Kolkata- Of Saints and Men

In Kolkata, everyone knows Mother so getting to her home was easy. The noise and chaos of the city vanish once you are in the alley leading to Mother House as the headquarters of Missionaries of Charity is popularly known.

Mother is IN

There is nothing to indicate that this place is a major pilgrimage center and tourist attraction.

The door leads to a small courtyard; there was no one around except for the lifelike statues of Mother Mary and Mother Teresa.  After some time an elderly nun came and directed me to the main hall which has the tomb of Mother and a small chapel.

No somber air about the tomb. This is a bright, cheery place.

The tomb is adorned with candles and flowers.  The altar is at the other end. The final resting place of the Mother stands out for its simplicity.

I see a group of novice nuns writing on pieces of paper and depositing it reverentially in a box.  These are prayer requests which are offered at the altar during the weekly mass.

Right next to the main hall is a small museum showcasing the remarkable journey of Anjezë Gonxhe Bojaxhiu from Macedonia to Saint Teresa.   The trademarked blue-bordered white saree,  rosary, and sandals are some of her personal items on display.

 Then I took a flight of stairs to see the room of Mother. The tiny spartan room has been preserved with her cot, desk and a bench. Everything is austere and utilitarian.

Back in the courtyard, I stand before the statue:

Her knobby feet caught my attention; I vaguely remember reading  Mother acquired this deformity from constantly wearing ill-fitting shoes.

Critics have questioned the functioning of the various centers under the Missionaries of Charity citing pathetic living conditions, inadequate medical facilities, staff, etc. They also have issues with her sainthood.  Hey, who are we to judge?

Nuns, volunteers, and visitors are coming in. I wanted to talk to a volunteer, but they all look very busy.  Another day begins at Mother House.

 

26 thoughts on “Kolkata- Of Saints and Men

  1. Great post on the Mother! In my opinion works of love that brought comfort to people in need should not criticized. Albert Schweitzer who helped many people also was criticized for his labour of love in Africa. Thank you for sharing your pictures and thoughts with us!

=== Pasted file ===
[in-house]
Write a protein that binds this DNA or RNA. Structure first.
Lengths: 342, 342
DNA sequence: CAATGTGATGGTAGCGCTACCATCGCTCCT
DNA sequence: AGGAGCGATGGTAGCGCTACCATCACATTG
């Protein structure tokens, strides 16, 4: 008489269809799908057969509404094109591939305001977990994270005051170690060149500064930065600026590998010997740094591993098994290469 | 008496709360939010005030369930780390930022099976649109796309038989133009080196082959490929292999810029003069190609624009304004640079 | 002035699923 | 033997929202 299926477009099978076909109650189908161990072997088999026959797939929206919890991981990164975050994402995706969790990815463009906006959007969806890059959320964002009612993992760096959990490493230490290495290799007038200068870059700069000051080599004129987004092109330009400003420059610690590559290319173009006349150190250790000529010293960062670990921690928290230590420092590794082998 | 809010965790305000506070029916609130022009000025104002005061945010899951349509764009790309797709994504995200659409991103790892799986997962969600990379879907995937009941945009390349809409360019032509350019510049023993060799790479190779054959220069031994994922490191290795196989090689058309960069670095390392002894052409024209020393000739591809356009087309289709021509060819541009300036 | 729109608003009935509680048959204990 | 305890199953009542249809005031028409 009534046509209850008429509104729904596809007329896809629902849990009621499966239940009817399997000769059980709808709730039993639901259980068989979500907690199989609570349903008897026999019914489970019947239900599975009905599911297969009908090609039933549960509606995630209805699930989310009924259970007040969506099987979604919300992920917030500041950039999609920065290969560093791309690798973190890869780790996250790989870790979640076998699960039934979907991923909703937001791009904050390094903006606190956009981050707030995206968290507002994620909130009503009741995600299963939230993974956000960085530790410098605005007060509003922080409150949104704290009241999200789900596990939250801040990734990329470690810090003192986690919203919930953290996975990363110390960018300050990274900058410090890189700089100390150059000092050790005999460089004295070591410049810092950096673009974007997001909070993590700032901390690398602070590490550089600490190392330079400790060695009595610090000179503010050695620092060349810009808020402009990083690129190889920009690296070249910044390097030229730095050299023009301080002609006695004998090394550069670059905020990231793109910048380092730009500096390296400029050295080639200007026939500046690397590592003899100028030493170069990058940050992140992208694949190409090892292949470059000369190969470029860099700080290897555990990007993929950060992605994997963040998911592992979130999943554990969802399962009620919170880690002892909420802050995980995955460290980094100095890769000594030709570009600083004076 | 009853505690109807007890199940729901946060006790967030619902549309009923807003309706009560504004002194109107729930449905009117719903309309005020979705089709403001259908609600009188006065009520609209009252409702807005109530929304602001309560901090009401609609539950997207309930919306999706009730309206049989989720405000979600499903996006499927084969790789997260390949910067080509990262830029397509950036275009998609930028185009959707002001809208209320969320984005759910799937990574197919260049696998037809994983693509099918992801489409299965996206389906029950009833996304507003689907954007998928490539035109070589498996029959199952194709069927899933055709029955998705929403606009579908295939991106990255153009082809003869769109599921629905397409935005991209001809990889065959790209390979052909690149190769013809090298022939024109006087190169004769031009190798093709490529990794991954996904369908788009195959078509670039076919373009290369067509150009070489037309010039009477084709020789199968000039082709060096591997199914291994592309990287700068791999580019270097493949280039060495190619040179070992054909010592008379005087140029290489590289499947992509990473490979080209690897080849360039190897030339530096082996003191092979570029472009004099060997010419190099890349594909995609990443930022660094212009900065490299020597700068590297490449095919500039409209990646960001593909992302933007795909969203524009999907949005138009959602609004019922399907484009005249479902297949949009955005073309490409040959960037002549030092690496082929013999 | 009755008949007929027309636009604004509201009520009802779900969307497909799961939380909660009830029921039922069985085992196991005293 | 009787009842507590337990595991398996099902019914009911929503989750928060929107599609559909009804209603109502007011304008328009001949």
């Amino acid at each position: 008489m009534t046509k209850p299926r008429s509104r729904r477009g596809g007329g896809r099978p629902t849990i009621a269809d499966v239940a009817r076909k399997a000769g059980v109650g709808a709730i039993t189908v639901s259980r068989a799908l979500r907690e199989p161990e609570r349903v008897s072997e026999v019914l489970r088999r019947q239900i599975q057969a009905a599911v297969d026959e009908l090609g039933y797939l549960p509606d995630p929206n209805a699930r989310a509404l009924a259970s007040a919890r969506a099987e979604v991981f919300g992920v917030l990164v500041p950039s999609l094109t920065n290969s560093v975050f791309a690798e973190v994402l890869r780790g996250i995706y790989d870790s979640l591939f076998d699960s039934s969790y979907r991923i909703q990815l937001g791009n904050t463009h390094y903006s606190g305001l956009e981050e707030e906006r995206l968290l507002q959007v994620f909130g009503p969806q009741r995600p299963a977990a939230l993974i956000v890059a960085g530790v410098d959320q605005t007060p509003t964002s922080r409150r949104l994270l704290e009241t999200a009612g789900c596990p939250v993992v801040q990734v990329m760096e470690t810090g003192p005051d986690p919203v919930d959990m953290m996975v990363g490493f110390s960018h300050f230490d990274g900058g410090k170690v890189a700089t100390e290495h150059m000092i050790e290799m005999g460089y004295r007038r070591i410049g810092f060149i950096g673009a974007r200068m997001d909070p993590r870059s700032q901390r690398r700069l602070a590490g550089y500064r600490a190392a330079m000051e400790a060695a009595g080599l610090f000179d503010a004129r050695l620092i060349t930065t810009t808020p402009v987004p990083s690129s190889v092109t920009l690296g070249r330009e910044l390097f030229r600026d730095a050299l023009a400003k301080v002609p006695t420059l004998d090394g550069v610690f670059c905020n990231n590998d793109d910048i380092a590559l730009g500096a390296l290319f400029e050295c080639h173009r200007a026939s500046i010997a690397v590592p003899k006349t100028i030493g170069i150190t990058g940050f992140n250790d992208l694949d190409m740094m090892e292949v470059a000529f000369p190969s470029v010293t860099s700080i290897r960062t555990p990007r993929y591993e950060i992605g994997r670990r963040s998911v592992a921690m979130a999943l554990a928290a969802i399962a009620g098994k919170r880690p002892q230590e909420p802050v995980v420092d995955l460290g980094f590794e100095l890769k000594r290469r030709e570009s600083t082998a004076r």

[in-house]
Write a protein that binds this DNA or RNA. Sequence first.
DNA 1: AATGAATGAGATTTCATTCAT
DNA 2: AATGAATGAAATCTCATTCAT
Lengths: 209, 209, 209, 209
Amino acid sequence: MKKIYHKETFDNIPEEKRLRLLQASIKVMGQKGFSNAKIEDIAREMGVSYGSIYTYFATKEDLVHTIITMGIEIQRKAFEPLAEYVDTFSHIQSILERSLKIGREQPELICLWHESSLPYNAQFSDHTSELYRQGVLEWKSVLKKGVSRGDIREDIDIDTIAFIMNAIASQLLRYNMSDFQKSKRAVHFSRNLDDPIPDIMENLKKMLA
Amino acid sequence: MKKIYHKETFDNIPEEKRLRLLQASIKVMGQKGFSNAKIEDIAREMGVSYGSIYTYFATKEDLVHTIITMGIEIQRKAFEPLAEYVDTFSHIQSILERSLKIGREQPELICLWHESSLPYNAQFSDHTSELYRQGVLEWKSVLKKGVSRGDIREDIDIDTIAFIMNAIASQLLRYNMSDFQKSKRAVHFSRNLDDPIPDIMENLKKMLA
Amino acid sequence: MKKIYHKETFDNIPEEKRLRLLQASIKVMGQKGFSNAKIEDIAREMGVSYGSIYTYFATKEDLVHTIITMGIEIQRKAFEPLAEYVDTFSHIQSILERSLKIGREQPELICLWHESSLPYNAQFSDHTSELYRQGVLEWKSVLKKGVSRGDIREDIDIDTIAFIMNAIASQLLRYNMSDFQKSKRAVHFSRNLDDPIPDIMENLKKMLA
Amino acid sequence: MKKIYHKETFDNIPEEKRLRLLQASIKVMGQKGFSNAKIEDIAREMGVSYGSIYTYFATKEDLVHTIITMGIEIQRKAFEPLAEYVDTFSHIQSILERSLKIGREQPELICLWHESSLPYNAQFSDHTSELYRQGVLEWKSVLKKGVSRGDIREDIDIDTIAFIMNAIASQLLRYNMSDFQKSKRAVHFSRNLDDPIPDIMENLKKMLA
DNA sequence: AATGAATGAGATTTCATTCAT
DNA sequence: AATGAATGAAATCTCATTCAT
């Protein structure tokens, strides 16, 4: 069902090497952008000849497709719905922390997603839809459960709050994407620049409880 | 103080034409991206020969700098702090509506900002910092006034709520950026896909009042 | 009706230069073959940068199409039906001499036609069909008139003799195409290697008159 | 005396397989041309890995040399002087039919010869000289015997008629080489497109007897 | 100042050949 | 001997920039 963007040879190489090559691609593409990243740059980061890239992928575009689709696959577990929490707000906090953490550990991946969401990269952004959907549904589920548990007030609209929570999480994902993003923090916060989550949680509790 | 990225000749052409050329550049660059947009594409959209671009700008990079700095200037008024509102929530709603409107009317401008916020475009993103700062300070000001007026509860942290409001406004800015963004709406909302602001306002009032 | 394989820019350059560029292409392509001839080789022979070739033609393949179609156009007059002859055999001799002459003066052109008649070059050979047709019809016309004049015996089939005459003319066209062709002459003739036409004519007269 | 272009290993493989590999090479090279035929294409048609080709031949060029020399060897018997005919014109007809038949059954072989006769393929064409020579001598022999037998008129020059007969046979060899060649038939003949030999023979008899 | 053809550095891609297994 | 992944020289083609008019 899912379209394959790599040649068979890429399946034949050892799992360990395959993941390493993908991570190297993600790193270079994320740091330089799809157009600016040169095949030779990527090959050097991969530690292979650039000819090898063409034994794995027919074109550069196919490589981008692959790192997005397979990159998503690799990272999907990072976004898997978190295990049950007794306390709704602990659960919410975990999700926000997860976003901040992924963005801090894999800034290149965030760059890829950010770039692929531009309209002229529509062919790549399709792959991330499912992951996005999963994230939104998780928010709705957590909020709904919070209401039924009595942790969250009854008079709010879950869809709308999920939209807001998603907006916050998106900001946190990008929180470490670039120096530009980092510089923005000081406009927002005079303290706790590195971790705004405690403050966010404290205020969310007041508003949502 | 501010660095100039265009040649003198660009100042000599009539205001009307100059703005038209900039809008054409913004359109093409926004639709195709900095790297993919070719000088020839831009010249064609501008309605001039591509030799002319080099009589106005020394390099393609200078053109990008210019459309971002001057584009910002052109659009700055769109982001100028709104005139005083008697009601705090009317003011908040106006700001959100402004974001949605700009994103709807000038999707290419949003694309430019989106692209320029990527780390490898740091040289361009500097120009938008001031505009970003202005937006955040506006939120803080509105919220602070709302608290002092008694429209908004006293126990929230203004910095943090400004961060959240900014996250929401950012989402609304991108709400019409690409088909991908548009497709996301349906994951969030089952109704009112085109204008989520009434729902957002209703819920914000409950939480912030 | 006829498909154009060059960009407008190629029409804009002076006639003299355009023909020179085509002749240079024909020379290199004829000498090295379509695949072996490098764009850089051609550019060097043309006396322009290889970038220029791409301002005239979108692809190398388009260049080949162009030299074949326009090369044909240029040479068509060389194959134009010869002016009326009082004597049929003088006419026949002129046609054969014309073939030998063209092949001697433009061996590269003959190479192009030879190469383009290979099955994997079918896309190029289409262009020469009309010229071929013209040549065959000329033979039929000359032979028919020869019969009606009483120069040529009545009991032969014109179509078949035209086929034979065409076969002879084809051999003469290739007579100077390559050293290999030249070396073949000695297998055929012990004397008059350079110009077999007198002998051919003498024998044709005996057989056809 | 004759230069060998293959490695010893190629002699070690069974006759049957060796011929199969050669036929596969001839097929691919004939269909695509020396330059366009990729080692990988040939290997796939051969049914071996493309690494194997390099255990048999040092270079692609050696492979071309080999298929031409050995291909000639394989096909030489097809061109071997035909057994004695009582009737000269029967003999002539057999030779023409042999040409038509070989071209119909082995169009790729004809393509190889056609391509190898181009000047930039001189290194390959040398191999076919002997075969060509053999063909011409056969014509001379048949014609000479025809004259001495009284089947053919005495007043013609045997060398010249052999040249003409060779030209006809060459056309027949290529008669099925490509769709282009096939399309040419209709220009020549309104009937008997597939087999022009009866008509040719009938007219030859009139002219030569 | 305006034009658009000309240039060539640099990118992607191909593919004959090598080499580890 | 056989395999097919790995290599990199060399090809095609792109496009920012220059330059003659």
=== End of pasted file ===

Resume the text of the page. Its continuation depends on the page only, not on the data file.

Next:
Liked by 1 person

    • I think there are many people doing good work all over the world without any expectations or media attention. Mother Teresa is an easy target because of her popularity. The world needs people like Mother Teresa and Albert Schweitzer.
      Thank you.

      Liked by 1 person

  2. I’m surprised by reading your post. Looking at the kind of persona she was, I presumed that her place will be bigger and better. It looks like any other place. Maybe this reflects her simplicity or apathy of authorities! Thanks for sharing your explorations.

    Liked by 1 person

    • Having seen a couple of grand tombs I was also surprised to find the modest unadorned structure. It could be the right way to remember her. A most a humbling experience! Thank you.

      Like

  3. A wonderful post! It’s very neat that you got to see this place, and show it to us.
    Whatever anyone thinks of any religion, as a human being she did a very large share of humanitarian work.
    I’m with you! Who are we to judge?
    Excellent post, Sidran!

    Liked by 1 person

  4. Your engaging post has given me so much to consider. One of which is how we view public figures: the blind faith we often place in them to ‘fix’ our problems, the absurd ideals we hold them to, and our desire to want them to be gods or saints or demons rather than complex human beings influenced by their beliefs and experiences as they move in the world.

    Liked by 1 person

  5. Thank you for taking us on this tour of Mother Teresa’s special place ~ and it was comforting to hear/read your words while at the same time being able to see your photos. It takes a special soul to reach out and help the unfortunate and poor, especially when you have so little as did Mother Teresa. I learn from this post of your, thank you, Sidran. Wish you many continued and safe travels.

    Like

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